January 24, 2020

Walmart tests grocery delivery with Nuro self-driving vehicles - Supermarket News

In another experiment with artificial intelligence (AI) technology, Walmart plans to pilot grocery delivery using Nuro autonomous vehicles in Houston.

Walmart and Nuro said Tuesday that, under the test, the delivery service will become available in the coming months to Houston customers who have opted into the program. The pilot will use the unmanned Nuro R2 delivery vehicle — which only hauls products and has no onboard driver or passengers — as well as autonomous Toyota Priuses to bring Walmart online grocery orders to customers’ homes. Both vehicles are powered by Nuro’s self-driving software and hardware.

Related:Walmart tests self-driving van for ‘middle-mile’ logistics

“Nuro’s vision of using robotics to improve lives runs parallel with Walmart’s mission of helping customers live better. Through the Houston-based pilot, Walmart aims to develop, refine and continue learning how to offer the best end-to-end customer experience,” Tom Ward, senior vice president of digital operations for Walmart U.S., said in a blog post Tuesday.

“Our unparalleled size and scale have allowed us to steer grocery delivery to the front doors of millions of families — and design a roadmap for the future of the industry,” he explained. “Along the way, we’ve been test-driving a number of different options for getting groceries from our stores to our customers’ front doors through self-driving technology. We believe this technology is a natural extension of our grocery pickup and delivery service and our goal of making every day a little easier for customers.”

Related:Walmart to expand in-store use of robots, automation

Walmart Nuro autonomous vehicle_motion.gifIn the initial test, Walmart online grocery customers must opt-in to the Nuro-powered delivery service. (Image courtesy of Nuro)

Mountain View, Calif.-based Nuro, a provider of robotics and AI, said its self-driving, electric vehicles will bring online grocery orders filled at select Houston Walmart stores to local customers’ homes. Plans call for the service to initially be available to customers who opt in and then to be expanded to the general public later in 2020.

Nuro noted that Walmart moves products to 200 million customers across more than 11,000 stores worldwide, and its autonomous vehicles can “act as an extension of this modern supply chain.”

“Walmart’s dedication to its customers aligns with our desire to help people save time and money while making shopping easier. We are excited to join forces with Walmart to help provide the best possible delivery experience to customers,” stated Cosimo Leipold, head of partner relations at Nuro. “Working alongside Walmart gives us an incredible opportunity to improve our door-to-door operations, serve Walmart’s loyal customers, and continue to integrate and engage with the Houston community.”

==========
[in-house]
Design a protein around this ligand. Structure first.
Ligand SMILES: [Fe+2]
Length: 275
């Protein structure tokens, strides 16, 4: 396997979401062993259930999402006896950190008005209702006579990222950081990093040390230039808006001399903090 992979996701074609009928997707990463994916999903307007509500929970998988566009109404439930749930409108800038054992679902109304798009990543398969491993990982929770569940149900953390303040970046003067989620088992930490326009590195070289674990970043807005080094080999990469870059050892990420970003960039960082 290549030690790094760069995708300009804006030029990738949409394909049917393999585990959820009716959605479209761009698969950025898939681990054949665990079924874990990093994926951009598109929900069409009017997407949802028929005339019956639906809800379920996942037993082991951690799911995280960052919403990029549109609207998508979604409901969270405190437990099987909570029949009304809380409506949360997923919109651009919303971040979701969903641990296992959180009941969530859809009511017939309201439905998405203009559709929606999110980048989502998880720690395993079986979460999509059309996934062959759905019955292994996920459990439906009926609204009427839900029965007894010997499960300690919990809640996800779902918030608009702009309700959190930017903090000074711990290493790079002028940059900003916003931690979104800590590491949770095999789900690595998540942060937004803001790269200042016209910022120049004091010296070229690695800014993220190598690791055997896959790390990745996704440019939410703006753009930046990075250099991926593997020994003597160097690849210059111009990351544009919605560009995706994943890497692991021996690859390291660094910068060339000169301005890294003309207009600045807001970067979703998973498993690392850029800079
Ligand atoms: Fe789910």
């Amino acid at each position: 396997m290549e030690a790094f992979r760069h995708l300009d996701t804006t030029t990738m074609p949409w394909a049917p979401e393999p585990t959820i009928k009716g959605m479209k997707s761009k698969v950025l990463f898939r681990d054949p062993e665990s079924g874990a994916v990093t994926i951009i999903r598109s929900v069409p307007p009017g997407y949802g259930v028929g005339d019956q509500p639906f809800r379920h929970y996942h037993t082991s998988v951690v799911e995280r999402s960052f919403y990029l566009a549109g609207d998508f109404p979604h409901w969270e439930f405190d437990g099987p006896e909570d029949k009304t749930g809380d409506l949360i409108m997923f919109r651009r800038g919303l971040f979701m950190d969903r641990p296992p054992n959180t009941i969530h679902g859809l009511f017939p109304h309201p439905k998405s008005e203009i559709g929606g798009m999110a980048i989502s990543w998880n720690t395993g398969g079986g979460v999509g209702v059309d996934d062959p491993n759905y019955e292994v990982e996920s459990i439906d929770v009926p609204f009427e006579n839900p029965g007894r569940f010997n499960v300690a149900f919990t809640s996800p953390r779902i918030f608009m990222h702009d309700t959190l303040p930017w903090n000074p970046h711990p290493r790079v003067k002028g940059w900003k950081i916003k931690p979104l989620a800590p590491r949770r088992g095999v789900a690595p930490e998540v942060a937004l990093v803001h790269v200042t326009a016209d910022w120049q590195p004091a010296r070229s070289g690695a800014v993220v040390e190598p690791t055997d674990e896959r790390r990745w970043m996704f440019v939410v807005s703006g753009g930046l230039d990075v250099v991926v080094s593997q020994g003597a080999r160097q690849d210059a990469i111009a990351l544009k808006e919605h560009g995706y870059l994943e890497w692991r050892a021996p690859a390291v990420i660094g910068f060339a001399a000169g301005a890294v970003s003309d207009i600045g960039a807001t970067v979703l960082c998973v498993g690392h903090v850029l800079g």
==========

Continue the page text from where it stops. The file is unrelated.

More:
Bentonville, Ark.-based Walmart has been engaged in a number of tests of autonomous vehicles for delivery of online orders of groceries and other items.

In late July, the retail giant said it was working with Gatik on a “middle-mile” logistics pilot use the tech startup’s self-driving Ford Transit Connect vans to help move goods from the Walmart Supercenter in Rogers, Ark., to a Walmart Neighborhood Market in nearby Bentonville. And in February, FedEx Corp. said it partnered with Walmart, Target and Walgreens to test last-mile delivery of small-shipment online orders via the FedEx SameDay Bot, a wheeled, shoulder-high delivery robot.

Other Walmart partners in pilots of self-driving vehicles for online grocery delivery have included Udelv (in Surprise, Ariz.), Ford (in Miami-Dade County, Fla.) and Waymo. In the test with Waymo (formerly Google’s self-driving car project), conducted in Chandler, Ariz., autonomous vehicles pick up customers at their homes and take them to the store to collect their orders.

“We’re already bringing the best of Walmart to our customers through grocery pickup and delivery,” Ward added. “By continuing to test autonomous vehicle capabilities, we’re better able to understand the path self-driving technology can take us down the road.”

By the end of this year, Walmart expects to offer free same-day grocery pickup from more than 3,100 stores and same-day grocery delivery from over 1,600 stores. The retailer said these services have been a catalyst for e-commerce sales, which surged 41% in the company’s most recently reported quarter.

The nation’s largest supermarket operator, The Kroger Co., earlier this year began its second pilot of the Nuro self-driving vehicles in Houston. The companies, which announced their partnership in June 2018, began testing autonomous delivery at a Fry’s Food Store in Scottsdale, Ariz., in August 2018 and then went live with the service that December.

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